Want to experience the timeless treasures that traditional Indian craftsmen turn out so painstakingly, often sitting in oblivion?To celebrate India’s varied craft forms and encourage global buyers to interact and appreciate these, New Delhi-based social venture Crafts Village has joined hands with GMR Aerocity to host the second edition of the India Crafts Week (ICW) 2019. Beginning today (December 4-8), the five-day festival will showcase the crafts by master craftsmen and luxury brands.
This includes weaving, woodworking, embroidery, metal inlay, narrative art and pottery, with exhibitions, workshops, demonstrations and talks. Supported by the World Craft Council-Asia Pacific, ICW 2019 is being held under five segments viz Craft Workshops, Craft Rare, Craft Panorama, Craft Luxe and Craft Installations.
Over 150 established and emerging craft makers, including Padma Shri and National Award-winning artisans, renowned designers, contemporary brands, brand figureheads, thought leaders and critics are active participants. Significantly, it is not just an exhibition. Equal stress is being laid on strengthening the purchase of these traditional crafts by bringing together craftspeople and contemporary makers on one platform.
"The idea behind organising ICW is to not just showcase our traditional arts and crafts but also get craftsmen connected to the open market, companies and buyers which will help them sustain their life. It is an open event, not restricted to any particular set of buyers," says Iti Tyagi, founder, India Craft Week, adding that the ICW is trying to break the myth that the crafts industry is commercially inactive.
"Apart from individual buyers and companies visiting the event, we also have many e-commerce platforms who connect with craftsmen," says Tyagi, adding, "We are very excited as with more number of craftsmen and brands participating this time, it is larger than the last time."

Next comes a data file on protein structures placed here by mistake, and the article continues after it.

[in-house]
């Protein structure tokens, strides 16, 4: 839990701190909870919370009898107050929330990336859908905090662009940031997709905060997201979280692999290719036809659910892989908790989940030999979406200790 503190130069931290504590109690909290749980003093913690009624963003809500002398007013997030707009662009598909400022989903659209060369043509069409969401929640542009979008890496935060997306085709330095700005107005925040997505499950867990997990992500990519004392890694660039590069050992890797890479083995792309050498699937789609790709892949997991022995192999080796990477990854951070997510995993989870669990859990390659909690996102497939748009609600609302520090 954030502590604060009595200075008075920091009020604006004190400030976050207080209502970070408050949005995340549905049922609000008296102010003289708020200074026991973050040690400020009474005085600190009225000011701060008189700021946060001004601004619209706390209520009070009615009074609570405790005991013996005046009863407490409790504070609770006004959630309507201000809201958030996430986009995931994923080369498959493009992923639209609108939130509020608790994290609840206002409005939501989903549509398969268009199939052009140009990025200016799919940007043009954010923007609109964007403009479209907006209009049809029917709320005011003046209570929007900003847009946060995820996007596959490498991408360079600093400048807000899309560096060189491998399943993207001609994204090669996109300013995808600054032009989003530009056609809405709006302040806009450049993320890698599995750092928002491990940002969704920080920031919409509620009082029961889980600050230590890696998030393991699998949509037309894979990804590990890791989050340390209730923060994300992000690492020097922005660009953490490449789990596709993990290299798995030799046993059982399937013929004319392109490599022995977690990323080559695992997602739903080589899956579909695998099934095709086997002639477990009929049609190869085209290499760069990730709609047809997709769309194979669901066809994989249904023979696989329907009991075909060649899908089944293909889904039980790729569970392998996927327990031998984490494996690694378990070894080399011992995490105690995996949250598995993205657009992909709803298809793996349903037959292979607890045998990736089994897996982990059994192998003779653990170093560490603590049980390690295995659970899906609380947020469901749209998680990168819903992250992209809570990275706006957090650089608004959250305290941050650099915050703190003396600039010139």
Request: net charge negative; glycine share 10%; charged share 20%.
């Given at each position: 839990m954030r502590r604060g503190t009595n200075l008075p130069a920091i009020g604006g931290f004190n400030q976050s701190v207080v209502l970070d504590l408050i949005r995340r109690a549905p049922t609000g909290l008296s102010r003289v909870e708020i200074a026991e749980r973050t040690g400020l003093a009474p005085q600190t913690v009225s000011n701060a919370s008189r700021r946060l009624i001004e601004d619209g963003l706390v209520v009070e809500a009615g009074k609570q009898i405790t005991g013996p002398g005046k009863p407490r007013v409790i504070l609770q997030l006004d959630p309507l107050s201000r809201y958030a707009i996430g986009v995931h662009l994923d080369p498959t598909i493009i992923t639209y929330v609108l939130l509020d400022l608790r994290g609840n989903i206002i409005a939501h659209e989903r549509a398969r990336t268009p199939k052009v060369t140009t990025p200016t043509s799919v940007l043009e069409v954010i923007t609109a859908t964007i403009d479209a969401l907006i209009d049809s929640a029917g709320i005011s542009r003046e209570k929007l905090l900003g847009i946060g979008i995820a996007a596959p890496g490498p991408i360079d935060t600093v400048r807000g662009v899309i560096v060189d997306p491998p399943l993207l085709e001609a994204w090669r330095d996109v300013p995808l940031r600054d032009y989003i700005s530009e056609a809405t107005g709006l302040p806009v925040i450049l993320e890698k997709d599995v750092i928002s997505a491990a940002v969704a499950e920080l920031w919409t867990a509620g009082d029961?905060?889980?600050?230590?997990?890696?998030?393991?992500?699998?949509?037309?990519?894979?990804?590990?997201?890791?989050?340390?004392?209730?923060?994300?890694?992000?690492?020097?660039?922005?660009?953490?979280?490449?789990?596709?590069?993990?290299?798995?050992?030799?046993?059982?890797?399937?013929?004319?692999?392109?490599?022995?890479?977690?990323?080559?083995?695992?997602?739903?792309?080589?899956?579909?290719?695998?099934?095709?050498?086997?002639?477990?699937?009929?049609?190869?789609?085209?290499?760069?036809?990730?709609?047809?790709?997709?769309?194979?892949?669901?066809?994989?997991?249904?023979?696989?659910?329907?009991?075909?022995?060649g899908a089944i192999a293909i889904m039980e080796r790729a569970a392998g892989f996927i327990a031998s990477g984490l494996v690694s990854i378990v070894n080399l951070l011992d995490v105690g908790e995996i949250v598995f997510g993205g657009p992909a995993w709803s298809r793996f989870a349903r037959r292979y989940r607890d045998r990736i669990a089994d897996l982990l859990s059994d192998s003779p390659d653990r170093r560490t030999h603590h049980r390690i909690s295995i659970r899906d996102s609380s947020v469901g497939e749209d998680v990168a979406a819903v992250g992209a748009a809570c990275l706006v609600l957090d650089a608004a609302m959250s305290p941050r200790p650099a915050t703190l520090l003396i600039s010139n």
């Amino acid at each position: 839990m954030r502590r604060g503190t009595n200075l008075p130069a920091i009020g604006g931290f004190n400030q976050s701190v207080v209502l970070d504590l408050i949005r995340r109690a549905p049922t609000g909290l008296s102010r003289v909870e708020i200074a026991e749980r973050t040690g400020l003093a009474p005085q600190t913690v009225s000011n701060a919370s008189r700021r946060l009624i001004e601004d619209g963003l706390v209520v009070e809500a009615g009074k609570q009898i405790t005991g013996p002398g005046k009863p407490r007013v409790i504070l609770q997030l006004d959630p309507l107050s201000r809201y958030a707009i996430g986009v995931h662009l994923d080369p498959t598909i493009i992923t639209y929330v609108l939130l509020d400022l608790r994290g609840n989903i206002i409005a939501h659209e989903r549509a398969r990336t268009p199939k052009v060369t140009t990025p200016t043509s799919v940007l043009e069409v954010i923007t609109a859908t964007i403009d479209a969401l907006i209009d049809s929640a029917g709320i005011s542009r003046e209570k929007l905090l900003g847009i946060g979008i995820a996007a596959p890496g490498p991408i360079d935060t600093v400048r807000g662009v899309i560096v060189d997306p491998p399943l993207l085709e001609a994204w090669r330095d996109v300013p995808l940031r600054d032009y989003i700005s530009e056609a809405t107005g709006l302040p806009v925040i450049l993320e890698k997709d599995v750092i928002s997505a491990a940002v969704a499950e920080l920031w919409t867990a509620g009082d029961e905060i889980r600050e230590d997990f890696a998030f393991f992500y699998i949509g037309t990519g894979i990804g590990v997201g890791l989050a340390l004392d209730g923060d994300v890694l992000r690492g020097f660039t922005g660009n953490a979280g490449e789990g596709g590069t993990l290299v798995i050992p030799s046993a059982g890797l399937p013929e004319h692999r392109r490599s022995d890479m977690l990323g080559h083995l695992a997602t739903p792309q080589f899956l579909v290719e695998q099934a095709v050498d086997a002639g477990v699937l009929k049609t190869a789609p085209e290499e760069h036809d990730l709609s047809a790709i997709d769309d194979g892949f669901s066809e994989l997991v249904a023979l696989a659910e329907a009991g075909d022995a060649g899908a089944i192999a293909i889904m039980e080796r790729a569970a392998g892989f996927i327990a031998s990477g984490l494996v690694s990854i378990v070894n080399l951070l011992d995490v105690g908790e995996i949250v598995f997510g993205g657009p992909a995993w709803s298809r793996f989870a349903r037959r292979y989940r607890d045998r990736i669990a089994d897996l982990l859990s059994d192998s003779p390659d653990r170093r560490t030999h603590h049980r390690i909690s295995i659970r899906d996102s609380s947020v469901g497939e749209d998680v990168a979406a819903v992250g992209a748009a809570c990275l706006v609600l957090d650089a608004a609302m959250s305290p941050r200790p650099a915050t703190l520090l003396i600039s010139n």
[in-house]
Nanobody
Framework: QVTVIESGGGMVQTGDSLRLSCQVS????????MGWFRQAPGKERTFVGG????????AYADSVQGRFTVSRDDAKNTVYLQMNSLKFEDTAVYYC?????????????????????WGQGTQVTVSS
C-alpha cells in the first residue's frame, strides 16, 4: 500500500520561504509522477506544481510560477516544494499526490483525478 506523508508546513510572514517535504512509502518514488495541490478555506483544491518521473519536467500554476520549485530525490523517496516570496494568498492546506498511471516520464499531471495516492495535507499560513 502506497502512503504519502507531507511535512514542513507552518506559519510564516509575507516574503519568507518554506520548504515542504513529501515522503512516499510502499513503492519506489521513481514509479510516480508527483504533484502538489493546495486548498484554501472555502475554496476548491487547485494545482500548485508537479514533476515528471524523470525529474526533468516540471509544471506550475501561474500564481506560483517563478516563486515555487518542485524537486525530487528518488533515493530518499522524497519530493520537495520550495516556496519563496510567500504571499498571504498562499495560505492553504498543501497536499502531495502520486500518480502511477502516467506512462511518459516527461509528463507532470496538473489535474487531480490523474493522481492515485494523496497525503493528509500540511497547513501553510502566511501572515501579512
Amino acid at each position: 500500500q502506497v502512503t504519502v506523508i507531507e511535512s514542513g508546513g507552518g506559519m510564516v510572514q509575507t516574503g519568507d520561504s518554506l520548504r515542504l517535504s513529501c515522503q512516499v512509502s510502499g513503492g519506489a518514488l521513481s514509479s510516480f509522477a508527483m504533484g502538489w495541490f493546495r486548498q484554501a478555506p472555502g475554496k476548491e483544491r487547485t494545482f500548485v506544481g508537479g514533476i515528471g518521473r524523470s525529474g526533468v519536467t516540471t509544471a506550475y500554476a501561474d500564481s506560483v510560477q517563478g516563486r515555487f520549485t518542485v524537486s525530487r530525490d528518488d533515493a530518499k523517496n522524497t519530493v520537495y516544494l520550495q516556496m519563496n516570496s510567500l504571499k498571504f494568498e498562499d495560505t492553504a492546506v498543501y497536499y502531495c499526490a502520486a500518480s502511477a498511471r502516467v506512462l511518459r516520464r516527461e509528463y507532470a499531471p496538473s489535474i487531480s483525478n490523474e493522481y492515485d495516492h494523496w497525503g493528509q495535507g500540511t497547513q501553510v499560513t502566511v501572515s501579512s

Tyagi travels all over India to choose craftsmen; she also keeps an eagle eye on artisans when she visits other fairs and workshops. "Like during a workshop at MSU, Baroda, I met this craftsman who makes beautiful Kachchi shawls and invited him," she says.
Tyagi selects craftsmen based on their finesse and the awards and recognition they have achieved. "Since we do not charge them anything, rather give them free spaces and take care of their food and lodgings, we are very careful of who we pick. But we also ensure that rare crafts forms on the verge of extinction also get a mileage," she says.
Other programmes here include films produced by Muzaffar Ali on various craft forms, symposiums and talks by designers, filmmakers and leading names in the music industry. "Four workshops will be held daily. We have also invited folk dancers," says Tyagi.
Majid Ahmad Mir from Kashmir (pashmina calligraphy through weaving), Leather puppetry, Shilp Guru Lalita Vakil (known for Chamba Rumaal Embroidery), Mahamaya Sikdar (who does exceptional Kantha embroidery), National Awardee Kalyan Joshi (Phad Paintings), Shakir Ali (Miniature Paintings)and Master Simran Harika (Phulkari).